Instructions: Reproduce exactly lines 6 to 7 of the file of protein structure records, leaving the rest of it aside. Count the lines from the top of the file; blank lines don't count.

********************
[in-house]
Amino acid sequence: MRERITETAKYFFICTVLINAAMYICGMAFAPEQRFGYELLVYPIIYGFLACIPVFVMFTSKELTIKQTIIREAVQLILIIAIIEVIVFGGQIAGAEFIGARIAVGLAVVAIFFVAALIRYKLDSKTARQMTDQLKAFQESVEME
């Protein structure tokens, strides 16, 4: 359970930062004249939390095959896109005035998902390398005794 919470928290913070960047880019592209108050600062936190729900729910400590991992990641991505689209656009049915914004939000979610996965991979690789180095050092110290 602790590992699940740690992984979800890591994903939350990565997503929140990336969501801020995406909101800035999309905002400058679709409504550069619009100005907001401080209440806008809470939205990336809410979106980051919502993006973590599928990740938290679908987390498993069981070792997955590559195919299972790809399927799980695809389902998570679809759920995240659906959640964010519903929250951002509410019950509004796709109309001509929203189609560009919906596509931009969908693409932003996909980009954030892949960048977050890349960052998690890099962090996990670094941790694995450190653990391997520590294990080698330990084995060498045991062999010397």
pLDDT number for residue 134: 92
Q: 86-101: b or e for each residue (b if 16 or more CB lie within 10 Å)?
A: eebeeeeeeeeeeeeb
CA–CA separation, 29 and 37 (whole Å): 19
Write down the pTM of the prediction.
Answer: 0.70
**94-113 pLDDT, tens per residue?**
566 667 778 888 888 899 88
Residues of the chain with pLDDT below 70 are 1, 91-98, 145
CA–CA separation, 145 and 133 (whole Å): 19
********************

A: eebeeeeeeeeeeeeb
CA–CA separation, 29 and 37 (whole Å): 19